Will large order wins result in faster growth at Infosys?
The sharp pickup in Infosys’s revenue growth shows clearly that it has momentum on its side
The sharp pickup in Infosys Ltd’s revenue growth shows clearly that it has momentum on its side. Another performance metric that has got tongues wagging is the amount of large deals it has won.
The company said last month that the total contract value of the large deals it signed last year stood at $2.79 billion, or 45% higher compared with fiscal year 2014-15.
But does this mean the company’s revenue growth rate will pick up as a result?
Note that HCL Technologies Ltd’s results in the past few quarters have demonstrated adequately that large order wins do not necessarily result in faster revenue growth. According to the company, new order wins don’t translate into commensurate incremental revenues because they also contribute towards making up for earlier projects that were completed.
This is a moot point. JPMorgan India Pvt. Ltd said in a note to clients: “A significant portion of project-based deals come up for renewal every year; (besides), ~20-25% of annuity-deals come up for renewal/backfilling.”
Unless technology companies such as Infosys have a high success rate with rebids, the existing base of revenues will get eroded. As such, the new large order wins will first help in plugging the gaps that arose because of completed projects, before contributing to growth.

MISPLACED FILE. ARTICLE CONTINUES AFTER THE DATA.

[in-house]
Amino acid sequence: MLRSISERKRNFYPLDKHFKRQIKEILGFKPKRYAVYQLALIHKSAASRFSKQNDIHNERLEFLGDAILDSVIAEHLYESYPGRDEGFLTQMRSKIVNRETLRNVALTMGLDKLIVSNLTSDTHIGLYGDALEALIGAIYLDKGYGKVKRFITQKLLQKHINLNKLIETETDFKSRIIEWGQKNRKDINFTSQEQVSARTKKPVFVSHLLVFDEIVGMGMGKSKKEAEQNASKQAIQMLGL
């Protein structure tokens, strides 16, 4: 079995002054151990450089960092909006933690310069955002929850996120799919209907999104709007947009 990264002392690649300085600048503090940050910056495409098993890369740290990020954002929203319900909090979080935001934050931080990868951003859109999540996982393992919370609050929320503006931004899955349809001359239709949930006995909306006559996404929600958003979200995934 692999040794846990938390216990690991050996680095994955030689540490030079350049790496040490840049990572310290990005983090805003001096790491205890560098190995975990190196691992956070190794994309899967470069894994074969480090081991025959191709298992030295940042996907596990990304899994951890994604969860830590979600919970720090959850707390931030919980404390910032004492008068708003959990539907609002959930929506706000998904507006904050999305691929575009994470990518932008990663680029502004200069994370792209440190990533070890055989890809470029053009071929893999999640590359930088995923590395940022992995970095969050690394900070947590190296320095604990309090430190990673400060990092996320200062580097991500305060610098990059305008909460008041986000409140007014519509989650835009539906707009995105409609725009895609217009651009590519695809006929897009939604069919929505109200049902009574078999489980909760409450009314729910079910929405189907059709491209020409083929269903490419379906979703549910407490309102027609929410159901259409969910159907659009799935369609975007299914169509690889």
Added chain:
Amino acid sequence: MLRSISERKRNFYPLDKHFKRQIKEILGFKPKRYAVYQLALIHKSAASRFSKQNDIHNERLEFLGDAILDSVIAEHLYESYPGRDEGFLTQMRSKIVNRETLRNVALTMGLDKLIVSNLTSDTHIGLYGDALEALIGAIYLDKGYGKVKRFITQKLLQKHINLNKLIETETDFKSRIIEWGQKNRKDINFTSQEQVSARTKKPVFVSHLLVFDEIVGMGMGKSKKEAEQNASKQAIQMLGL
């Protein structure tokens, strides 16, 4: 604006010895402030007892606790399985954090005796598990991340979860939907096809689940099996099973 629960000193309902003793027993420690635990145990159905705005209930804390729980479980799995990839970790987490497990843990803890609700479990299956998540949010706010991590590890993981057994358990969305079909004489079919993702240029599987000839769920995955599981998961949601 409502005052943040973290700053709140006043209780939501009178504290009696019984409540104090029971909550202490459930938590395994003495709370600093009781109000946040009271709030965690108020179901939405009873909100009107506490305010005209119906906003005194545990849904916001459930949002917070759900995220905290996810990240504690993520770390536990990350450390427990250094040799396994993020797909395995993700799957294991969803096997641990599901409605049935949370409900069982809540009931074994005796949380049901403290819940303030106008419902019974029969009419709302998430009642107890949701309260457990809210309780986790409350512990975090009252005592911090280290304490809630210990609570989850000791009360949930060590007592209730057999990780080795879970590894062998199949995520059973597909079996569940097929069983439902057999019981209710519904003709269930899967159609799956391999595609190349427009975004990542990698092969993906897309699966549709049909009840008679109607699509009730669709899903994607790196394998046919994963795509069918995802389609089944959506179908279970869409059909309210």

At HCL Technologies, large order wins have amounted to over $1 billion each quarter for over 12 quarters, but revenue growth has been declining. Revenue grew by 8.1% in constant currency terms in the March quarter, about half the rate at which it grew in the April-June 2015 quarter.
The JPMorgan note says, “The renewal pipe is critical to fill. Winning a very high percentage of renewal deals and more crucially, winning additional business from existing clients requires sound mining/farming skills, which we believe is far more important than hunting for big contracts.”
Of course, all of this is not to say that Infosys lacks in client mining skills. In fact, it’s quite likely that the increase in order wins is the result of better mining.
Even so, it’s clearly premature to conclude that the sharp increase in the company’s deal wins will be sufficient to plug the gaps that arise from completed projects, as well as contribute handsomely to future growth.
The writer does not own shares in the above-mentioned companies.